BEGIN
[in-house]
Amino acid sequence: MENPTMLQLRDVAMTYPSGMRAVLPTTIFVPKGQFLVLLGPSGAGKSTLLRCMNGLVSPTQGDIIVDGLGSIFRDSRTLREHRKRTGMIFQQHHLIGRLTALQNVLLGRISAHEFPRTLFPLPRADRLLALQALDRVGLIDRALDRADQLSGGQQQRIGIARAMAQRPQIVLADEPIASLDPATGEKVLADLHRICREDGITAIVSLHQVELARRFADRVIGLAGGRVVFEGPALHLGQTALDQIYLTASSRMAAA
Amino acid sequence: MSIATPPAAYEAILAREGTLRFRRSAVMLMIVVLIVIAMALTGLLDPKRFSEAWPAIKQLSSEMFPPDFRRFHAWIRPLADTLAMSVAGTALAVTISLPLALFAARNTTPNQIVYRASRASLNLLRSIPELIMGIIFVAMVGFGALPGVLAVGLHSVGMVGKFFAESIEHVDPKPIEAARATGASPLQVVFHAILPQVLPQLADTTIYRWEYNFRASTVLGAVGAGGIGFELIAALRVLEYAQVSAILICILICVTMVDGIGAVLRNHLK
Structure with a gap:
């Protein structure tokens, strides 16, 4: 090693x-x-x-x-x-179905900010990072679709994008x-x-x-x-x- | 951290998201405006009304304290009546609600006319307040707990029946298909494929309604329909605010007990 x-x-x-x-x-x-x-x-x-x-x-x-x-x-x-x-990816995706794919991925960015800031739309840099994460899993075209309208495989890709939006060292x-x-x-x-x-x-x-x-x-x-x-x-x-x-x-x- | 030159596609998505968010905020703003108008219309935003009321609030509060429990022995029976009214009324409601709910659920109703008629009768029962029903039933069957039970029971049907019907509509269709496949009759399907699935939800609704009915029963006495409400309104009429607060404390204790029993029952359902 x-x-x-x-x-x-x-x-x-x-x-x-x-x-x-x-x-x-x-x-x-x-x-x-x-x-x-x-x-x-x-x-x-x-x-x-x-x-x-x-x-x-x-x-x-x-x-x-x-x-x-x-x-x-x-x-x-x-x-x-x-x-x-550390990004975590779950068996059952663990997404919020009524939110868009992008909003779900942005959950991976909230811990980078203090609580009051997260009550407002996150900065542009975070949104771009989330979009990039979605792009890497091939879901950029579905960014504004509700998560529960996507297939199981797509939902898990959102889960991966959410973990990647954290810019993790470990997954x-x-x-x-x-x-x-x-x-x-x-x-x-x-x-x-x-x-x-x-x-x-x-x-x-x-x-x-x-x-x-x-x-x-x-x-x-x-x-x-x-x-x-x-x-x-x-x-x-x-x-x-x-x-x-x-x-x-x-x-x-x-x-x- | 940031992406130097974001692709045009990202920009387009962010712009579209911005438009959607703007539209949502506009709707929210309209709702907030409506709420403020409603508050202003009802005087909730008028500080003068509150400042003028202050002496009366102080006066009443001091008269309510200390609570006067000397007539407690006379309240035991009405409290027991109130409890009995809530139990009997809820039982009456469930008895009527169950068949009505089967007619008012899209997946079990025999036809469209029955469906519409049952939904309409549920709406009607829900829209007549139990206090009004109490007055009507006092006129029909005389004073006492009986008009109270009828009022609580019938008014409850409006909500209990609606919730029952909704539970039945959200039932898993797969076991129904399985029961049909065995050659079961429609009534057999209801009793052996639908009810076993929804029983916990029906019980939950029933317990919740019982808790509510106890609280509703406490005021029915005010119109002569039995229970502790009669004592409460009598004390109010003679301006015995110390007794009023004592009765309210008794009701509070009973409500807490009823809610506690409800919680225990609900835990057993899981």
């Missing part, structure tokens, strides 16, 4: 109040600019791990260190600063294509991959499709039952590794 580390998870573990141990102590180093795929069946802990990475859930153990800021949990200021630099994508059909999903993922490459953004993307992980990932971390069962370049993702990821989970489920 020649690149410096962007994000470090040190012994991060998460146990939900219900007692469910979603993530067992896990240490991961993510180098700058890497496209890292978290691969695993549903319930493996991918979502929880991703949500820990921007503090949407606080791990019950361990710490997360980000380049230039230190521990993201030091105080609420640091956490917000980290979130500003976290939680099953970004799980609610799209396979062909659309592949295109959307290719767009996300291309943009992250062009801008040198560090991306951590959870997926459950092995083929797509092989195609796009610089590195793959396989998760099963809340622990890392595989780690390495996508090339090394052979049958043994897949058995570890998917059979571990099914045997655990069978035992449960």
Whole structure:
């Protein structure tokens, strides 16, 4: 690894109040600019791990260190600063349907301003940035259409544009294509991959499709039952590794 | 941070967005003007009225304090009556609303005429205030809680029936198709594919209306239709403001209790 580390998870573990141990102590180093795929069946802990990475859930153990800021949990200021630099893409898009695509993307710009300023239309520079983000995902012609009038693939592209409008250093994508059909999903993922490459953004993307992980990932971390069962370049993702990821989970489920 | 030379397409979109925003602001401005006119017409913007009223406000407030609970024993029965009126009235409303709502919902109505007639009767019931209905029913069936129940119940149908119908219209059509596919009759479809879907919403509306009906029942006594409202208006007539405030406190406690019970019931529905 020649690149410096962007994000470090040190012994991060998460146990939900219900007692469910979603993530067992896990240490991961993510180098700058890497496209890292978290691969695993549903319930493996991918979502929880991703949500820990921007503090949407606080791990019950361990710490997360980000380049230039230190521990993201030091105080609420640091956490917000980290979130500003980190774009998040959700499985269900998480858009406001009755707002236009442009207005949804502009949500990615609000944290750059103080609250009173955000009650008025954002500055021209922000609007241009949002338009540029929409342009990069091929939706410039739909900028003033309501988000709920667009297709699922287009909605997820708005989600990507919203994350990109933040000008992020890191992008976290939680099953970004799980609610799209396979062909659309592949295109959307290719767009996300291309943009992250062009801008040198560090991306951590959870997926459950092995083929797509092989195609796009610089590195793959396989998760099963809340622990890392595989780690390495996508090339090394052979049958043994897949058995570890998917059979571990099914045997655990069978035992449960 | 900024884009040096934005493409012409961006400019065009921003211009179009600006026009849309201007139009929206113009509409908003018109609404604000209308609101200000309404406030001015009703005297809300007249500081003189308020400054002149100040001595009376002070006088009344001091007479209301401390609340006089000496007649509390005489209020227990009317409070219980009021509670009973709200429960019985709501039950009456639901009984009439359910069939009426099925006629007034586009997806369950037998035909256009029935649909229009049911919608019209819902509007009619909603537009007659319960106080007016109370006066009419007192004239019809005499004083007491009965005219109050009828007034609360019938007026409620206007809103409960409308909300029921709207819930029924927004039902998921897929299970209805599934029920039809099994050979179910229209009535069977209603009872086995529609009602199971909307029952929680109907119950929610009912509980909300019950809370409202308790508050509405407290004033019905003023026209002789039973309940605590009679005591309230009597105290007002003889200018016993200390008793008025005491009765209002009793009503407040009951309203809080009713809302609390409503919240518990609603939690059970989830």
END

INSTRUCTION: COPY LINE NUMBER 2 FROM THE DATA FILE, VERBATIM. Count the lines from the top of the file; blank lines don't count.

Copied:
Amino acid sequence: MENPTMLQLRDVAMTYPSGMRAVLPTTIFVPKGQFLVLLGPSGAGKSTLLRCMNGLVSPTQGDIIVDGLGSIFRDSRTLREHRKRTGMIFQQHHLIGRLTALQNVLLGRISAHEFPRTLFPLPRADRLLALQALDRVGLIDRALDRADQLSGGQQQRIGIARAMAQRPQIVLADEPIASLDPATGEKVLADLHRICREDGITAIVSLHQVELARRFADRVIGLAGGRVVFEGPALHLGQTALDQIYLTASSRMAAA